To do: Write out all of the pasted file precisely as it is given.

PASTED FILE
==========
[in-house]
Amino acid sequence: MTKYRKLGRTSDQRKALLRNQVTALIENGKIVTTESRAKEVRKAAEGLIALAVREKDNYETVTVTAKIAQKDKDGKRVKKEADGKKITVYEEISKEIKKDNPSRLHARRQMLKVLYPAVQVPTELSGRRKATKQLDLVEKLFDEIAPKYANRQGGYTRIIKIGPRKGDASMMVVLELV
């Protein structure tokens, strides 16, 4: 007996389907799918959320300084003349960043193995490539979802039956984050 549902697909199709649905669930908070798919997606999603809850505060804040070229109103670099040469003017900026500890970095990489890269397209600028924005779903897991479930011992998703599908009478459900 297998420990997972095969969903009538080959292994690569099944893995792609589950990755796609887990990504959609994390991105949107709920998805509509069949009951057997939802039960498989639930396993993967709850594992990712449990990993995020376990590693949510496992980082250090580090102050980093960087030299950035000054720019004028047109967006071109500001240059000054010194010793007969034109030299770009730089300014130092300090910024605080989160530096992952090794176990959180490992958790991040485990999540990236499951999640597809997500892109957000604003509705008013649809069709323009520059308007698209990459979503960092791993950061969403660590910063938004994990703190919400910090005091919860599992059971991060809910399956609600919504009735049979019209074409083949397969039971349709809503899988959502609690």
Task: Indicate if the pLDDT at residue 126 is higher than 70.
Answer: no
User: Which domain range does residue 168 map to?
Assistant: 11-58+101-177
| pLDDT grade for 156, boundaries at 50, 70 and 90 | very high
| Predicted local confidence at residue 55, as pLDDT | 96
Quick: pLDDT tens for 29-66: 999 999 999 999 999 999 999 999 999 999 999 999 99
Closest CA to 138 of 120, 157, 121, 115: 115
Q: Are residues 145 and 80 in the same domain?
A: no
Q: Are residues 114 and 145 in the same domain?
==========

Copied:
[in-house]
Amino acid sequence: MTKYRKLGRTSDQRKALLRNQVTALIENGKIVTTESRAKEVRKAAEGLIALAVREKDNYETVTVTAKIAQKDKDGKRVKKEADGKKITVYEEISKEIKKDNPSRLHARRQMLKVLYPAVQVPTELSGRRKATKQLDLVEKLFDEIAPKYANRQGGYTRIIKIGPRKGDASMMVVLELV
């Protein structure tokens, strides 16, 4: 007996389907799918959320300084003349960043193995490539979802039956984050 549902697909199709649905669930908070798919997606999603809850505060804040070229109103670099040469003017900026500890970095990489890269397209600028924005779903897991479930011992998703599908009478459900 297998420990997972095969969903009538080959292994690569099944893995792609589950990755796609887990990504959609994390991105949107709920998805509509069949009951057997939802039960498989639930396993993967709850594992990712449990990993995020376990590693949510496992980082250090580090102050980093960087030299950035000054720019004028047109967006071109500001240059000054010194010793007969034109030299770009730089300014130092300090910024605080989160530096992952090794176990959180490992958790991040485990999540990236499951999640597809997500892109957000604003509705008013649809069709323009520059308007698209990459979503960092791993950061969403660590910063938004994990703190919400910090005091919860599992059971991060809910399956609600919504009735049979019209074409083949397969039971349709809503899988959502609690």
Task: Indicate if the pLDDT at residue 126 is higher than 70.
Answer: no
User: Which domain range does residue 168 map to?
Assistant: 11-58+101-177
| pLDDT grade for 156, boundaries at 50, 70 and 90 | very high
| Predicted local confidence at residue 55, as pLDDT | 96
Quick: pLDDT tens for 29-66: 999 999 999 999 999 999 999 999 999 999 999 999 99
Closest CA to 138 of 120, 157, 121, 115: 115
Q: Are residues 145 and 80 in the same domain?
A: no
Q: Are residues 114 and 145 in the same domain?